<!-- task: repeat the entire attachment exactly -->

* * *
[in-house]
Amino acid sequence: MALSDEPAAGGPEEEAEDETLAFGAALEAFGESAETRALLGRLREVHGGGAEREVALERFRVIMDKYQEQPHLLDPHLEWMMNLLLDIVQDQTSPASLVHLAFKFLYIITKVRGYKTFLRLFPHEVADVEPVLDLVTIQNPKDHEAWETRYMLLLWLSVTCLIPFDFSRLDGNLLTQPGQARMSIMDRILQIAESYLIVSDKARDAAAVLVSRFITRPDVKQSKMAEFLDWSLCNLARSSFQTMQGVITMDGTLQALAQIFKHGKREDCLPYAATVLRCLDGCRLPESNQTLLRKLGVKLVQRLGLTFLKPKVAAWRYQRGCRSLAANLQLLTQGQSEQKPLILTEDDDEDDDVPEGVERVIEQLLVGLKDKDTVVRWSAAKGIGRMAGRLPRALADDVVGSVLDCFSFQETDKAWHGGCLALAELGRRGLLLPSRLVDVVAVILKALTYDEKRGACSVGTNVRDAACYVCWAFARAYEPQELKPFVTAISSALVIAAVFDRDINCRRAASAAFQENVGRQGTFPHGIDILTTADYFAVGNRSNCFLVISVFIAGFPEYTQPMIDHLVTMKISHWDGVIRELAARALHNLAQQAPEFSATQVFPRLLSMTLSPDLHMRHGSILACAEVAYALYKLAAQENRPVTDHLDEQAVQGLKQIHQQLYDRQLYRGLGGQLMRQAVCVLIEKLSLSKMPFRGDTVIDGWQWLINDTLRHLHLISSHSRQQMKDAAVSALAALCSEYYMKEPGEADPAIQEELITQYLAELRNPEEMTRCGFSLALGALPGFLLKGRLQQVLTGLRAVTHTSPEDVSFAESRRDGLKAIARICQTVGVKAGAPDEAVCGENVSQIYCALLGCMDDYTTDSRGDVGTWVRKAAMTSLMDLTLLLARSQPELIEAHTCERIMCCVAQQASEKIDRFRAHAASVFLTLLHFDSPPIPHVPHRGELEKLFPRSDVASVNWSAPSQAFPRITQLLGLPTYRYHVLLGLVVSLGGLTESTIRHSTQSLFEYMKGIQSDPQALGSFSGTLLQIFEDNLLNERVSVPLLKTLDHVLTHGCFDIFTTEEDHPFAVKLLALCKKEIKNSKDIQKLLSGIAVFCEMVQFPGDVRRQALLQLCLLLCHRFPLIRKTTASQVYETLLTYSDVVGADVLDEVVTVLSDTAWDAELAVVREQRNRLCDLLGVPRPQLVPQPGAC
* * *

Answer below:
[in-house]
Amino acid sequence: MALSDEPAAGGPEEEAEDETLAFGAALEAFGESAETRALLGRLREVHGGGAEREVALERFRVIMDKYQEQPHLLDPHLEWMMNLLLDIVQDQTSPASLVHLAFKFLYIITKVRGYKTFLRLFPHEVADVEPVLDLVTIQNPKDHEAWETRYMLLLWLSVTCLIPFDFSRLDGNLLTQPGQARMSIMDRILQIAESYLIVSDKARDAAAVLVSRFITRPDVKQSKMAEFLDWSLCNLARSSFQTMQGVITMDGTLQALAQIFKHGKREDCLPYAATVLRCLDGCRLPESNQTLLRKLGVKLVQRLGLTFLKPKVAAWRYQRGCRSLAANLQLLTQGQSEQKPLILTEDDDEDDDVPEGVERVIEQLLVGLKDKDTVVRWSAAKGIGRMAGRLPRALADDVVGSVLDCFSFQETDKAWHGGCLALAELGRRGLLLPSRLVDVVAVILKALTYDEKRGACSVGTNVRDAACYVCWAFARAYEPQELKPFVTAISSALVIAAVFDRDINCRRAASAAFQENVGRQGTFPHGIDILTTADYFAVGNRSNCFLVISVFIAGFPEYTQPMIDHLVTMKISHWDGVIRELAARALHNLAQQAPEFSATQVFPRLLSMTLSPDLHMRHGSILACAEVAYALYKLAAQENRPVTDHLDEQAVQGLKQIHQQLYDRQLYRGLGGQLMRQAVCVLIEKLSLSKMPFRGDTVIDGWQWLINDTLRHLHLISSHSRQQMKDAAVSALAALCSEYYMKEPGEADPAIQEELITQYLAELRNPEEMTRCGFSLALGALPGFLLKGRLQQVLTGLRAVTHTSPEDVSFAESRRDGLKAIARICQTVGVKAGAPDEAVCGENVSQIYCALLGCMDDYTTDSRGDVGTWVRKAAMTSLMDLTLLLARSQPELIEAHTCERIMCCVAQQASEKIDRFRAHAASVFLTLLHFDSPPIPHVPHRGELEKLFPRSDVASVNWSAPSQAFPRITQLLGLPTYRYHVLLGLVVSLGGLTESTIRHSTQSLFEYMKGIQSDPQALGSFSGTLLQIFEDNLLNERVSVPLLKTLDHVLTHGCFDIFTTEEDHPFAVKLLALCKKEIKNSKDIQKLLSGIAVFCEMVQFPGDVRRQALLQLCLLLCHRFPLIRKTTASQVYETLLTYSDVVGADVLDEVVTVLSDTAWDAELAVVREQRNRLCDLLGVPRPQLVPQPGAC